The Gambia has taken steps to limit the illegal trade in rosewood by prohibiting all timber exports from the country. The move comes after the Convention on International Trade in Endangered Species of Wild Fauna and Flora (CITES) imposed a ban on West African rosewood exports.
A Highly Valued Product
Rosewood is the most trafficked wild product by value and volume because of its importance in making high-end furniture, along with its use in making musical instruments like guitars, violins, and cellos. It is more trafficked than ivory, pangolin scales, and rhino horns combined. Illegal timber makes up over 15 percent of global timber sales and is valued at between $30 billion and $100 billion a year. For this ban to be effective, it’s going to take time, effort, and investment to fight illegal sales on multiple fronts.
Illegal Wood from the Casamance Conflict
The Gambia, which has lost most of its rosewood due to overexploitation and smuggling, has evolved into a transit point for illegal rosewood leaving Senegal's war-torn Casamance region. Since 1982, the region has been embroiled in a separatist conflict with Senegal, and the rosewood is sold to fund the war by the rebels. The conflict has made it difficult for forest guards from Senegal and Gambia to police rosewood smuggling, but a recent peace agreement between the rebels and the government may help combat the trade.
Corruption inside the Gambia
Illegal rosewood goes through leaks and channels at Gambian ports. For the ban to be effective, these leaks must be plugged by cracking down on corruption across the trade route. Port authorities need proper training on how to spot and identify illegal goods.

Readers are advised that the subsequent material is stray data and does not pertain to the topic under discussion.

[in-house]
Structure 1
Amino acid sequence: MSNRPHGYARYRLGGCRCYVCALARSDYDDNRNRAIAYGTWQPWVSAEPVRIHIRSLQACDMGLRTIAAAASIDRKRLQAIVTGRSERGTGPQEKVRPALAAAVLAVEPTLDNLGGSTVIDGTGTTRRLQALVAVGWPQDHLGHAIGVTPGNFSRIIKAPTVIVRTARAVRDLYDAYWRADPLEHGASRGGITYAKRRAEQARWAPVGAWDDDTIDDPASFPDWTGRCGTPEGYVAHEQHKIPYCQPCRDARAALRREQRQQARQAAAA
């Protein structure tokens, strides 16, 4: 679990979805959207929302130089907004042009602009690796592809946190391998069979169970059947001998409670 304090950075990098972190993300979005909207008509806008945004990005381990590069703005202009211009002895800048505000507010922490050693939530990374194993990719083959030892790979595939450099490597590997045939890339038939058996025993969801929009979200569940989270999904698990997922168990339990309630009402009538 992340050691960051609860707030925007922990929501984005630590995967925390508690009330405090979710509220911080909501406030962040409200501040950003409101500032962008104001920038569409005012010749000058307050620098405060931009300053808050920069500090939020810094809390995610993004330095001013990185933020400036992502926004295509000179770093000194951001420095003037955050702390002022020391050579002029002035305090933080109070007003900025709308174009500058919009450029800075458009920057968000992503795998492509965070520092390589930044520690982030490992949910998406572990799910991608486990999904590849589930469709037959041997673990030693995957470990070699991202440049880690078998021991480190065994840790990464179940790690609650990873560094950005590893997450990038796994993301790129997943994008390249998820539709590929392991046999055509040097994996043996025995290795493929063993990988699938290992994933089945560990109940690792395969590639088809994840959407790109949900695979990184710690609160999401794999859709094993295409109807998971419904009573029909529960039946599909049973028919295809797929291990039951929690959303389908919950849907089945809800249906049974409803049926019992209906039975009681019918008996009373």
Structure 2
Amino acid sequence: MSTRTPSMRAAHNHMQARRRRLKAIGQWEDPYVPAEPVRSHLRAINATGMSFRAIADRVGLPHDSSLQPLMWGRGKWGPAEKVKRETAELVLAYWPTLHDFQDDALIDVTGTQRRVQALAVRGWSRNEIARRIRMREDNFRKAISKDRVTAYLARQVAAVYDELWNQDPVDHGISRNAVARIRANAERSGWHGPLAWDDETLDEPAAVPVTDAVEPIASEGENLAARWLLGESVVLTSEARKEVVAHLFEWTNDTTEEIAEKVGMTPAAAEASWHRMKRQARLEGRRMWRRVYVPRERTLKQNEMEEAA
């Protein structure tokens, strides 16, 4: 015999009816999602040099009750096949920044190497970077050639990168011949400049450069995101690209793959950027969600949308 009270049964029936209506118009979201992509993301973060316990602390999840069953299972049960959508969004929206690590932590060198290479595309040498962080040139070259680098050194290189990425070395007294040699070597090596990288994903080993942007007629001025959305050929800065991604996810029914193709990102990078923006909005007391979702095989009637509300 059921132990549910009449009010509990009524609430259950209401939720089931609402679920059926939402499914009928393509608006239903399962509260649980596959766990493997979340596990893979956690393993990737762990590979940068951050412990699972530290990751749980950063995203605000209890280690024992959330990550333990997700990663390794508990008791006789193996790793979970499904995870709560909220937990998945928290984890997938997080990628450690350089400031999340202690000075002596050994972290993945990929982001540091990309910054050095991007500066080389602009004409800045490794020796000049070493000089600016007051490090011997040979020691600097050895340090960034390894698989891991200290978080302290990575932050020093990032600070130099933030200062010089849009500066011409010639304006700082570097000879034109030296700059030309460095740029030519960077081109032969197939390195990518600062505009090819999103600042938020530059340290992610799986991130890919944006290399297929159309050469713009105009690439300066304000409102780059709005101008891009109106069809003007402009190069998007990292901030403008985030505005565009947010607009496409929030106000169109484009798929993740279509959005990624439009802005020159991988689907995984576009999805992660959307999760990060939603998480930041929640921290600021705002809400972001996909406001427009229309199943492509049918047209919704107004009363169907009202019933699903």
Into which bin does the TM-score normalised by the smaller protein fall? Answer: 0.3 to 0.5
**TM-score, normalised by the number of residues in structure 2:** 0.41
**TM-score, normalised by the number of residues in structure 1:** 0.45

Demand from Overseas
Rosewood is highly valued for its rich color, thickness, fragrance, and durability. The Gambia alone exports over $100 million of rosewood as part of a $2 billion-dollar market from West Africa. Most of these go to China, where there’s huge demand. Other exporting countries include Brazil, Guatemala, Honduras, India, Madagascar, Peru, and other countries in Central and South America. There are campaigns for regulation but progress will only come from implementation.
Rewilding and Planting More Rosewood
The Gambia has previously attempted, but failed, to prohibit the export of rosewood. This could be a temporary solution to extinction and soil degradation. The long-term solution may be to restore trees in the Gambia, Senegal, and West Africa before looking into more sustainable ways to trade rosewood. CITIES also permits exemptions for finished rosewood products such as crafts weighing less than 10 kilograms per shipment.
West African countries need investment in other areas to diversify their international exports, reduce the need for conflict, and give locals more control in the management of their resources. Given the right incentives, locals are best placed to help combat the illegal trade of rosewood.
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